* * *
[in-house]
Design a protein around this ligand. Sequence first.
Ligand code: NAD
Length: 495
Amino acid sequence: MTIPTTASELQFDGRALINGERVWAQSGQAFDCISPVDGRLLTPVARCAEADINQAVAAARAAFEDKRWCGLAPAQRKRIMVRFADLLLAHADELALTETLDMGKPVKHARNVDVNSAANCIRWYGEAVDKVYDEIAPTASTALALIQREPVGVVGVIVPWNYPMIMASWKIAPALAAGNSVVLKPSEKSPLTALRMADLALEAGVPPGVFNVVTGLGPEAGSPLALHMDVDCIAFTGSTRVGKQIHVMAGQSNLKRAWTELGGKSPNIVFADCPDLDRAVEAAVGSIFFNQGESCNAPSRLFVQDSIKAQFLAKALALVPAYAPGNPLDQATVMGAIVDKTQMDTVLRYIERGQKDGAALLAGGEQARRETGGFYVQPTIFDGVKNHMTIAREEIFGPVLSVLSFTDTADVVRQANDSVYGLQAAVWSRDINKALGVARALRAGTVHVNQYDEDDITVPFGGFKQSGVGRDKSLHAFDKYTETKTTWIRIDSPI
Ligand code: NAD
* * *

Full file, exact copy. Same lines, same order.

[in-house]
Design a protein around this ligand. Sequence first.
Ligand code: NAD
Length: 495
Amino acid sequence: MTIPTTASELQFDGRALINGERVWAQSGQAFDCISPVDGRLLTPVARCAEADINQAVAAARAAFEDKRWCGLAPAQRKRIMVRFADLLLAHADELALTETLDMGKPVKHARNVDVNSAANCIRWYGEAVDKVYDEIAPTASTALALIQREPVGVVGVIVPWNYPMIMASWKIAPALAAGNSVVLKPSEKSPLTALRMADLALEAGVPPGVFNVVTGLGPEAGSPLALHMDVDCIAFTGSTRVGKQIHVMAGQSNLKRAWTELGGKSPNIVFADCPDLDRAVEAAVGSIFFNQGESCNAPSRLFVQDSIKAQFLAKALALVPAYAPGNPLDQATVMGAIVDKTQMDTVLRYIERGQKDGAALLAGGEQARRETGGFYVQPTIFDGVKNHMTIAREEIFGPVLSVLSFTDTADVVRQANDSVYGLQAAVWSRDINKALGVARALRAGTVHVNQYDEDDITVPFGGFKQSGVGRDKSLHAFDKYTETKTTWIRIDSPI
Ligand code: NAD